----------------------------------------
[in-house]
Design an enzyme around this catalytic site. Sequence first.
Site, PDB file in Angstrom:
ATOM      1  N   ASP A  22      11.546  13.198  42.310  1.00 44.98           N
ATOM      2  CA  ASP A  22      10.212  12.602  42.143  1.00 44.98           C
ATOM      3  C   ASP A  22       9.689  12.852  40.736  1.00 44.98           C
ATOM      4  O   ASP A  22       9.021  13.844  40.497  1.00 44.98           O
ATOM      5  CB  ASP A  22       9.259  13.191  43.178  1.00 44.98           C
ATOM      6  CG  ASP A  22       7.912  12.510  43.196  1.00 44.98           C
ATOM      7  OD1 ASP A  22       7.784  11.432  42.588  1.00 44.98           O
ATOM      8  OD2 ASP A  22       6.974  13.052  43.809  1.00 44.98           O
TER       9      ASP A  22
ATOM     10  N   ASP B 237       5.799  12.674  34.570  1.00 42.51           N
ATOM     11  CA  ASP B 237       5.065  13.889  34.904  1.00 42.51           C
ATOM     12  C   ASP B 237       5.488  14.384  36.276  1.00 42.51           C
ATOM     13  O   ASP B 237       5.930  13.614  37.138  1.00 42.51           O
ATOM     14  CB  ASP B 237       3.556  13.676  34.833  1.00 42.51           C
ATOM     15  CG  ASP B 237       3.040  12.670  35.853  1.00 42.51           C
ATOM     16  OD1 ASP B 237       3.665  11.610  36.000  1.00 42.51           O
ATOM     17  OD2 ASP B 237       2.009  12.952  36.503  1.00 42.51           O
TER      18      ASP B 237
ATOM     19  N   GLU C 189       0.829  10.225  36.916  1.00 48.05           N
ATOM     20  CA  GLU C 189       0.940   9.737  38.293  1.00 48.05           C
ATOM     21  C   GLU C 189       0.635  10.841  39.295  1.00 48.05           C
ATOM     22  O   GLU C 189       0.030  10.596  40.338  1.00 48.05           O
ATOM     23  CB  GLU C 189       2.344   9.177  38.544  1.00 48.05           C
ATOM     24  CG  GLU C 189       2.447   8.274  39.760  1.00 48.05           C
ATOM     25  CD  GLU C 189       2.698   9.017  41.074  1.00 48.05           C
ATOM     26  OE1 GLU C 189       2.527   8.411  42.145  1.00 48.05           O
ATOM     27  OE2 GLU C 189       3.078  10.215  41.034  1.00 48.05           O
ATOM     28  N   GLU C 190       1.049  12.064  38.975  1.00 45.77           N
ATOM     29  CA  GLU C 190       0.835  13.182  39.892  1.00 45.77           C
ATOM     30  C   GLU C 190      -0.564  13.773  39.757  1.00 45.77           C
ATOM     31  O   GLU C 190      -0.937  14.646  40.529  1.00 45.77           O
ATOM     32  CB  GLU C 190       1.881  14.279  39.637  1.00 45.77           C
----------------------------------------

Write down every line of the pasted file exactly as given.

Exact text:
[in-house]
Design an enzyme around this catalytic site. Sequence first.
Site, PDB file in Angstrom:
ATOM      1  N   ASP A  22      11.546  13.198  42.310  1.00 44.98           N
ATOM      2  CA  ASP A  22      10.212  12.602  42.143  1.00 44.98           C
ATOM      3  C   ASP A  22       9.689  12.852  40.736  1.00 44.98           C
ATOM      4  O   ASP A  22       9.021  13.844  40.497  1.00 44.98           O
ATOM      5  CB  ASP A  22       9.259  13.191  43.178  1.00 44.98           C
ATOM      6  CG  ASP A  22       7.912  12.510  43.196  1.00 44.98           C
ATOM      7  OD1 ASP A  22       7.784  11.432  42.588  1.00 44.98           O
ATOM      8  OD2 ASP A  22       6.974  13.052  43.809  1.00 44.98           O
TER       9      ASP A  22
ATOM     10  N   ASP B 237       5.799  12.674  34.570  1.00 42.51           N
ATOM     11  CA  ASP B 237       5.065  13.889  34.904  1.00 42.51           C
ATOM     12  C   ASP B 237       5.488  14.384  36.276  1.00 42.51           C
ATOM     13  O   ASP B 237       5.930  13.614  37.138  1.00 42.51           O
ATOM     14  CB  ASP B 237       3.556  13.676  34.833  1.00 42.51           C
ATOM     15  CG  ASP B 237       3.040  12.670  35.853  1.00 42.51           C
ATOM     16  OD1 ASP B 237       3.665  11.610  36.000  1.00 42.51           O
ATOM     17  OD2 ASP B 237       2.009  12.952  36.503  1.00 42.51           O
TER      18      ASP B 237
ATOM     19  N   GLU C 189       0.829  10.225  36.916  1.00 48.05           N
ATOM     20  CA  GLU C 189       0.940   9.737  38.293  1.00 48.05           C
ATOM     21  C   GLU C 189       0.635  10.841  39.295  1.00 48.05           C
ATOM     22  O   GLU C 189       0.030  10.596  40.338  1.00 48.05           O
ATOM     23  CB  GLU C 189       2.344   9.177  38.544  1.00 48.05           C
ATOM     24  CG  GLU C 189       2.447   8.274  39.760  1.00 48.05           C
ATOM     25  CD  GLU C 189       2.698   9.017  41.074  1.00 48.05           C
ATOM     26  OE1 GLU C 189       2.527   8.411  42.145  1.00 48.05           O
ATOM     27  OE2 GLU C 189       3.078  10.215  41.034  1.00 48.05           O
ATOM     28  N   GLU C 190       1.049  12.064  38.975  1.00 45.77           N
ATOM     29  CA  GLU C 190       0.835  13.182  39.892  1.00 45.77           C
ATOM     30  C   GLU C 190      -0.564  13.773  39.757  1.00 45.77           C
ATOM     31  O   GLU C 190      -0.937  14.646  40.529  1.00 45.77           O
ATOM     32  CB  GLU C 190       1.881  14.279  39.637  1.00 45.77           C